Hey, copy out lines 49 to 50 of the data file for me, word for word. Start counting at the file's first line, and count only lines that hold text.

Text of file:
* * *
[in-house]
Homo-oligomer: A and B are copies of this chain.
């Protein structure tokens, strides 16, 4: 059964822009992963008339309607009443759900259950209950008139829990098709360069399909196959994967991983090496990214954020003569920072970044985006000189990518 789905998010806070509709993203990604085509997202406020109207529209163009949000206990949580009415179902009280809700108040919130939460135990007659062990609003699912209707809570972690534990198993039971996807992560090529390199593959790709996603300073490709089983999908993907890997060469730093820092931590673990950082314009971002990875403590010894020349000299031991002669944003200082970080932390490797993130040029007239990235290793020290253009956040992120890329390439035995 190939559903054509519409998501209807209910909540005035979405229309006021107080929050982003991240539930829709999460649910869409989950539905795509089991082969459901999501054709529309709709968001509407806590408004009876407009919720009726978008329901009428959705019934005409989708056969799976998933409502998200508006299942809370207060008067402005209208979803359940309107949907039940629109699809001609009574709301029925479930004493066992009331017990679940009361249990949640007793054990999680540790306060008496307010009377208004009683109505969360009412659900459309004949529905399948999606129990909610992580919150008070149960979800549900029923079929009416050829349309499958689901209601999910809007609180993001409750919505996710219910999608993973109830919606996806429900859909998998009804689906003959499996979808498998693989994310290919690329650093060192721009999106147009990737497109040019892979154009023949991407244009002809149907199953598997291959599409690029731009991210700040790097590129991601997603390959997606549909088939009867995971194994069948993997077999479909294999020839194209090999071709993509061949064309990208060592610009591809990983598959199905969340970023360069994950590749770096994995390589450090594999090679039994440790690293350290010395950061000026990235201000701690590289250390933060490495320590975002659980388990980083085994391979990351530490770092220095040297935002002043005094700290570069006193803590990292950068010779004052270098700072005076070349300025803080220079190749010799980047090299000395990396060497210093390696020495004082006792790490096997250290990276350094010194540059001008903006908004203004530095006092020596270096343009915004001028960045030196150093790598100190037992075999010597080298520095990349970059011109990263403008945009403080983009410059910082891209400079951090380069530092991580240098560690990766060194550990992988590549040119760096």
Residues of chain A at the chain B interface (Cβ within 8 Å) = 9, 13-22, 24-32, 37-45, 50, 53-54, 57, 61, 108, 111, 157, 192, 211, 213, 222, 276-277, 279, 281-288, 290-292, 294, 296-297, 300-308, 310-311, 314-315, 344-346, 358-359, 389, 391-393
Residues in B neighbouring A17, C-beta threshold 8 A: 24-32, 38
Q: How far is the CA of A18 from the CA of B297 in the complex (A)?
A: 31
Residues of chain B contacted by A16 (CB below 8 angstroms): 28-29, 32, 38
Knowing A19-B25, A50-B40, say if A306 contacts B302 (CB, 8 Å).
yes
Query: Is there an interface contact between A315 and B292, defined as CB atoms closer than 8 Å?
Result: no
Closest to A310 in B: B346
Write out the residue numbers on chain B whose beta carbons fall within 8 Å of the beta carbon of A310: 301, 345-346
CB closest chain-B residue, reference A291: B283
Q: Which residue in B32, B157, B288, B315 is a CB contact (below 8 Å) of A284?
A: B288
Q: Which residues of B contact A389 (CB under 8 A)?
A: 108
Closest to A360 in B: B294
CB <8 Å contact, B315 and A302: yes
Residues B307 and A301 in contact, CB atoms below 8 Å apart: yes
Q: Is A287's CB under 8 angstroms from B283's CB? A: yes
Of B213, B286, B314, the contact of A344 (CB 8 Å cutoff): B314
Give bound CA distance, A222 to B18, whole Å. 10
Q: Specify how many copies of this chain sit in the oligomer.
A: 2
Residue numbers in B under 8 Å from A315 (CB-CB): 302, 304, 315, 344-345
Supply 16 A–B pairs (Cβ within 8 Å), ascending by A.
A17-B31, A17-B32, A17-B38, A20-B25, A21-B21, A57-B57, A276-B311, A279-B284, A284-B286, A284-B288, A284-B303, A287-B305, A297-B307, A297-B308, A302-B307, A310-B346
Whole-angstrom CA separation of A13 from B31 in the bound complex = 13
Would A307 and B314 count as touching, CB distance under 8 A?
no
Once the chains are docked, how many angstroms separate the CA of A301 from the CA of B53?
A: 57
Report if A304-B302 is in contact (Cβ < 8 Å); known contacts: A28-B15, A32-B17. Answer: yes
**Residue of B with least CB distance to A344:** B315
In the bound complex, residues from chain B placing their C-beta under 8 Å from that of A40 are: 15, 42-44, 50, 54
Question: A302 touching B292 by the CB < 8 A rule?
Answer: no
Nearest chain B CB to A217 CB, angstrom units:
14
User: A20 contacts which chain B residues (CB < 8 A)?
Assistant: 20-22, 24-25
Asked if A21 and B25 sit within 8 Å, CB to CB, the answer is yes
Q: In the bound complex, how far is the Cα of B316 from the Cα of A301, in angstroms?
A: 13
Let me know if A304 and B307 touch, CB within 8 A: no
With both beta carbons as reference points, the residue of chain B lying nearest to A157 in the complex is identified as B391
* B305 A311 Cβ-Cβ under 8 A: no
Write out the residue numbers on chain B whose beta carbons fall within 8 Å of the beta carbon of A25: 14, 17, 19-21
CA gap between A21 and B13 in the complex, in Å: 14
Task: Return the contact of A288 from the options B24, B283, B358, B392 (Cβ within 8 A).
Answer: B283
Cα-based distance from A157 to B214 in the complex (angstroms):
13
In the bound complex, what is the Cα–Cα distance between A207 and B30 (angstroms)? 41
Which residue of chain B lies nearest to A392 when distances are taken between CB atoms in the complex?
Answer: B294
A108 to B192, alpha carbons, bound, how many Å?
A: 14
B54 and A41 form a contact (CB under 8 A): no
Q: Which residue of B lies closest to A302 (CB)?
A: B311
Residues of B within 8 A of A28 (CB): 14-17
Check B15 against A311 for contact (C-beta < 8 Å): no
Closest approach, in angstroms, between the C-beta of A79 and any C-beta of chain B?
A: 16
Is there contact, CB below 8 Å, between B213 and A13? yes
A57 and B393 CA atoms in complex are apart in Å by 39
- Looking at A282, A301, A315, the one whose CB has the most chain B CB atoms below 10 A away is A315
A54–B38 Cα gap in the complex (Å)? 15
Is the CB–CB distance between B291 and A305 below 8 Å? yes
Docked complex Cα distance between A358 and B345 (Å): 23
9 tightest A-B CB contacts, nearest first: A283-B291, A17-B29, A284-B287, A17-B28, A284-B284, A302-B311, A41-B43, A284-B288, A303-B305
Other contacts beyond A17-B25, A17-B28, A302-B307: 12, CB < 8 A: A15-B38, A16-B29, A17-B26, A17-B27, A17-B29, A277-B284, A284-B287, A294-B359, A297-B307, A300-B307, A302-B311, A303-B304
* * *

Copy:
With both beta carbons as reference points, the residue of chain B lying nearest to A157 in the complex is identified as B391
* B305 A311 Cβ-Cβ under 8 A: no